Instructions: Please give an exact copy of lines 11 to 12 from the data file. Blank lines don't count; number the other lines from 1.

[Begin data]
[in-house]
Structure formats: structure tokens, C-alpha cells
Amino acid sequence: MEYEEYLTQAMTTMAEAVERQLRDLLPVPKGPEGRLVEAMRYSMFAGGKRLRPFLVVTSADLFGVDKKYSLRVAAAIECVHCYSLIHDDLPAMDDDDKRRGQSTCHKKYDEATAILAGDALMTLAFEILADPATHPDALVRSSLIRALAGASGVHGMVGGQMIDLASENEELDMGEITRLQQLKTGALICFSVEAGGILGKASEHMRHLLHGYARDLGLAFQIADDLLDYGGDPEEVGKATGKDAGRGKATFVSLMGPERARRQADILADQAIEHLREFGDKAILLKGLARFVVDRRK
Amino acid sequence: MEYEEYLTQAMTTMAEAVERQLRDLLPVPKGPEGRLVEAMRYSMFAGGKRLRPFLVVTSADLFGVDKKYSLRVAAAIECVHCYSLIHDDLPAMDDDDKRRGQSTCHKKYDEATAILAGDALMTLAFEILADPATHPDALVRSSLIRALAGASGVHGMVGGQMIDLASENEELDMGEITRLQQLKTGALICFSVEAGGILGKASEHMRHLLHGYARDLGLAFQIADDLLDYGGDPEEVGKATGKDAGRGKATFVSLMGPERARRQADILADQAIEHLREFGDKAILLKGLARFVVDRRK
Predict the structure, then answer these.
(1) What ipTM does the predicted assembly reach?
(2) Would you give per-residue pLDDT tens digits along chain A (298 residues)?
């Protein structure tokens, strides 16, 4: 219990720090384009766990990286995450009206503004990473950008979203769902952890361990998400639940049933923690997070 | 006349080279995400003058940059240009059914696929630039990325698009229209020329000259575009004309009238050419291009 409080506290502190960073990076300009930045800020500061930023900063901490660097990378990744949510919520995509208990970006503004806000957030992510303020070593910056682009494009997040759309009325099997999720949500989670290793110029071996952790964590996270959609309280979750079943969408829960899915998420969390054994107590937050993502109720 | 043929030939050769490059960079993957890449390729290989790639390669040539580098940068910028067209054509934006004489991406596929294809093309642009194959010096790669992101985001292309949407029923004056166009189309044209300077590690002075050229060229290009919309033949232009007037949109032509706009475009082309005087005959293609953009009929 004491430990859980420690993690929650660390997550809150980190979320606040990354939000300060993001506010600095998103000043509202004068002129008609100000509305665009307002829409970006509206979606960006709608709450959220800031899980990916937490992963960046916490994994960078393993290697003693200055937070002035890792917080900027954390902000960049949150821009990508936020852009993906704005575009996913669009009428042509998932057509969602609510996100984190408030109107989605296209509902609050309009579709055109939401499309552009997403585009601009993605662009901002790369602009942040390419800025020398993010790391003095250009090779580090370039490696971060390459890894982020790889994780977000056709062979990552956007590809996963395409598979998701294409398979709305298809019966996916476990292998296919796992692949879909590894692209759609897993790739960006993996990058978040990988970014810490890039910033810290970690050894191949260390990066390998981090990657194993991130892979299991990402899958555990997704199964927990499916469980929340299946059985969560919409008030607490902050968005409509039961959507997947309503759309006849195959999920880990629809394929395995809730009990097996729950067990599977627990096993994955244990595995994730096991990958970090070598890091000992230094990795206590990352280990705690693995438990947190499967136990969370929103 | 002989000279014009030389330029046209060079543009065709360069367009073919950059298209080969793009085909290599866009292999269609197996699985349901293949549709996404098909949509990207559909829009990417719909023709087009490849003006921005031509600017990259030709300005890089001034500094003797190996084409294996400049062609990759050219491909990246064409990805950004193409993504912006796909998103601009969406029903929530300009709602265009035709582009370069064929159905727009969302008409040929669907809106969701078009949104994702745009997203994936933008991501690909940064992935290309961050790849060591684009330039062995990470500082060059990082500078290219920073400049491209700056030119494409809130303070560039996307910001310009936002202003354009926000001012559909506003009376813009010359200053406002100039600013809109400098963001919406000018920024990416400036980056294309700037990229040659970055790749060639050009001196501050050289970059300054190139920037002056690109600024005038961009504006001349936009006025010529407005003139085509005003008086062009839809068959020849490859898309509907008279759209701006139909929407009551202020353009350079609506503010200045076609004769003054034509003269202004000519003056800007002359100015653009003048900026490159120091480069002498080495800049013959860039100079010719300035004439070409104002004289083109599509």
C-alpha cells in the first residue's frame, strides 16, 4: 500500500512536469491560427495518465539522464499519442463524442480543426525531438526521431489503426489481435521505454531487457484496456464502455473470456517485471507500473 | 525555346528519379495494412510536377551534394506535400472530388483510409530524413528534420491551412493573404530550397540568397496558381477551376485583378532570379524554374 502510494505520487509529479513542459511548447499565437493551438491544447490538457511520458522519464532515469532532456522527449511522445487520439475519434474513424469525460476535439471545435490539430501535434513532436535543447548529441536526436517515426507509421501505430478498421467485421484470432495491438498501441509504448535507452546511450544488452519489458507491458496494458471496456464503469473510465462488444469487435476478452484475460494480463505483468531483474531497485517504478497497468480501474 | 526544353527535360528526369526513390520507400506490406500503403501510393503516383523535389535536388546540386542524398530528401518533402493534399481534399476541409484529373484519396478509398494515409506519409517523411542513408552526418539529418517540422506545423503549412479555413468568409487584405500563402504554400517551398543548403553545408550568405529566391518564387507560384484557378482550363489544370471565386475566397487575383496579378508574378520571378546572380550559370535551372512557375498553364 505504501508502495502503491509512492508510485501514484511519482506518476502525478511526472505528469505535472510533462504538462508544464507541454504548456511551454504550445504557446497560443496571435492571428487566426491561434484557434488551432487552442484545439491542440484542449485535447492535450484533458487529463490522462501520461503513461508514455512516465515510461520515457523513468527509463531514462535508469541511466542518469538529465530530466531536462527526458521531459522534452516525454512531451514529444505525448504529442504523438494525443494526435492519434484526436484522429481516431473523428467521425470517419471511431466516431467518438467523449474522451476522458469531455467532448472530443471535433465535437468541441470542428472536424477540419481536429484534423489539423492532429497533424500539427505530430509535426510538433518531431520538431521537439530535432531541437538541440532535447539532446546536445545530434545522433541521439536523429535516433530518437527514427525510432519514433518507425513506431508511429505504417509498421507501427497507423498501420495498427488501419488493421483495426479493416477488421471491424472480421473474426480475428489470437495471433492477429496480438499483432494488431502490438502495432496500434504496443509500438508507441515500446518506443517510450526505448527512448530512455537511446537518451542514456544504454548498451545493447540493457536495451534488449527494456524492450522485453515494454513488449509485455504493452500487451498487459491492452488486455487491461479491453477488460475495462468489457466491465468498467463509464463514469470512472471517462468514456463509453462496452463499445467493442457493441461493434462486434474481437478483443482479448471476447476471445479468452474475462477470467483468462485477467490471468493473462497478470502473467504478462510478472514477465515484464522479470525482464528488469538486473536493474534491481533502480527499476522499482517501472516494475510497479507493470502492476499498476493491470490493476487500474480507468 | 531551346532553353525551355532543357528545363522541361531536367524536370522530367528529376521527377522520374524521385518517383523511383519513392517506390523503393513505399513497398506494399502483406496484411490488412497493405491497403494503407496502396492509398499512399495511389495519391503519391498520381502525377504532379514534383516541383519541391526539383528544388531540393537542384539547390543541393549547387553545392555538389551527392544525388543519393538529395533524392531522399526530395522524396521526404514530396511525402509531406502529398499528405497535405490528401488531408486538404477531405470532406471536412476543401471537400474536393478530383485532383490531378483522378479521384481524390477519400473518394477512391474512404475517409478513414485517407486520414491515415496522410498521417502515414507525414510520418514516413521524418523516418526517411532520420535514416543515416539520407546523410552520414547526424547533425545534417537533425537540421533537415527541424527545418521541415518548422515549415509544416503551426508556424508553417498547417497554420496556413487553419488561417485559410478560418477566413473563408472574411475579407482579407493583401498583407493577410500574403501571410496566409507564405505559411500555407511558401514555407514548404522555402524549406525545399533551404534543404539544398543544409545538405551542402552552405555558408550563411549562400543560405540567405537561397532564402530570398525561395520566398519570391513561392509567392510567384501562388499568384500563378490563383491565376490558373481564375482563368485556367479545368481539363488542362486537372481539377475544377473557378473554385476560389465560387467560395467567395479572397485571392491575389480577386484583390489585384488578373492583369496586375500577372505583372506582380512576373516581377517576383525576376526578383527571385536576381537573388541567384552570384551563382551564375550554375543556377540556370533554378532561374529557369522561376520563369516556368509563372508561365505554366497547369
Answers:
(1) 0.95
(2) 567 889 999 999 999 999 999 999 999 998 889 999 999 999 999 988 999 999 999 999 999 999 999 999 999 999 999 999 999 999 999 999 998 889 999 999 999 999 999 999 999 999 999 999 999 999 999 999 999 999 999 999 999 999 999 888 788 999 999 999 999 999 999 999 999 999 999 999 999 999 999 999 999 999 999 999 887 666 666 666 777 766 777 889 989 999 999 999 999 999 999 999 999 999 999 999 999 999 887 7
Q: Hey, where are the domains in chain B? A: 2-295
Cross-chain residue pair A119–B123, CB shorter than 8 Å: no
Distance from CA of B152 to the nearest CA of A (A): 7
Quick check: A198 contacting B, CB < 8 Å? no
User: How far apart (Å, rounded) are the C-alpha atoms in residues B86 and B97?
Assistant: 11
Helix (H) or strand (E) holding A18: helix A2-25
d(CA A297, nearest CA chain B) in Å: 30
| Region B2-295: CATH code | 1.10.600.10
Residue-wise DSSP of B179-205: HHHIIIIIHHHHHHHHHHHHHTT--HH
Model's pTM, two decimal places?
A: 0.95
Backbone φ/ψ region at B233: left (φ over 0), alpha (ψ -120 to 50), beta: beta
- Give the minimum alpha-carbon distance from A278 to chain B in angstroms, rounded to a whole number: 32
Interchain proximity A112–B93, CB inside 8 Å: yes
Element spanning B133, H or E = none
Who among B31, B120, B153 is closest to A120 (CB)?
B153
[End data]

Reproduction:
(1) 0.95
(2) 567 889 999 999 999 999 999 999 999 998 889 999 999 999 999 988 999 999 999 999 999 999 999 999 999 999 999 999 999 999 999 999 998 889 999 999 999 999 999 999 999 999 999 999 999 999 999 999 999 999 999 999 999 999 999 888 788 999 999 999 999 999 999 999 999 999 999 999 999 999 999 999 999 999 999 999 887 666 666 666 777 766 777 889 989 999 999 999 999 999 999 999 999 999 999 999 999 999 887 7